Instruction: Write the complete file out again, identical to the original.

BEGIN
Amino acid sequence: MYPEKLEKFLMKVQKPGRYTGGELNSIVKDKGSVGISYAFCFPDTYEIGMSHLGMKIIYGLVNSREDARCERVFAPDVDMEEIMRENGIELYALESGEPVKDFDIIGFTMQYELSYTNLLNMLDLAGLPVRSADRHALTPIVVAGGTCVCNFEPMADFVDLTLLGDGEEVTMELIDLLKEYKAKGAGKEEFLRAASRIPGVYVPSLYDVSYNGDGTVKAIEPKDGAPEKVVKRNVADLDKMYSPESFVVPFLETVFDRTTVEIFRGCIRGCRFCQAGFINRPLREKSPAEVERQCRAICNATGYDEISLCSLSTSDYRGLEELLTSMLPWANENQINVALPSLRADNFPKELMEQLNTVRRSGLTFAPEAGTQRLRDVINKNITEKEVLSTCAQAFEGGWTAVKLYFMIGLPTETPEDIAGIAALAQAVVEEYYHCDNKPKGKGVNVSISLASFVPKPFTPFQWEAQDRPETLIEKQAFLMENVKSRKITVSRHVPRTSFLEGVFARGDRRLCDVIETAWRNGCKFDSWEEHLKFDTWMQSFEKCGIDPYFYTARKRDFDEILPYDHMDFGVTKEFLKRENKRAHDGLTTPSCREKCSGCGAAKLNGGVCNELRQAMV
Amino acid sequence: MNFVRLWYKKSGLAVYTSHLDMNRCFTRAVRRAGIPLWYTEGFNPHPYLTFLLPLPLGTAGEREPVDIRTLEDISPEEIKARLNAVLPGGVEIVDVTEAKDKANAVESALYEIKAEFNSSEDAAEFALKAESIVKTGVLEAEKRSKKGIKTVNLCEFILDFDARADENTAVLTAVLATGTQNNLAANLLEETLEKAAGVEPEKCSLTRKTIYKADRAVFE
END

Amino acid sequence: MYPEKLEKFLMKVQKPGRYTGGELNSIVKDKGSVGISYAFCFPDTYEIGMSHLGMKIIYGLVNSREDARCERVFAPDVDMEEIMRENGIELYALESGEPVKDFDIIGFTMQYELSYTNLLNMLDLAGLPVRSADRHALTPIVVAGGTCVCNFEPMADFVDLTLLGDGEEVTMELIDLLKEYKAKGAGKEEFLRAASRIPGVYVPSLYDVSYNGDGTVKAIEPKDGAPEKVVKRNVADLDKMYSPESFVVPFLETVFDRTTVEIFRGCIRGCRFCQAGFINRPLREKSPAEVERQCRAICNATGYDEISLCSLSTSDYRGLEELLTSMLPWANENQINVALPSLRADNFPKELMEQLNTVRRSGLTFAPEAGTQRLRDVINKNITEKEVLSTCAQAFEGGWTAVKLYFMIGLPTETPEDIAGIAALAQAVVEEYYHCDNKPKGKGVNVSISLASFVPKPFTPFQWEAQDRPETLIEKQAFLMENVKSRKITVSRHVPRTSFLEGVFARGDRRLCDVIETAWRNGCKFDSWEEHLKFDTWMQSFEKCGIDPYFYTARKRDFDEILPYDHMDFGVTKEFLKRENKRAHDGLTTPSCREKCSGCGAAKLNGGVCNELRQAMV
Amino acid sequence: MNFVRLWYKKSGLAVYTSHLDMNRCFTRAVRRAGIPLWYTEGFNPHPYLTFLLPLPLGTAGEREPVDIRTLEDISPEEIKARLNAVLPGGVEIVDVTEAKDKANAVESALYEIKAEFNSSEDAAEFALKAESIVKTGVLEAEKRSKKGIKTVNLCEFILDFDARADENTAVLTAVLATGTQNNLAANLLEETLEKAAGVEPEKCSLTRKTIYKADRAVFE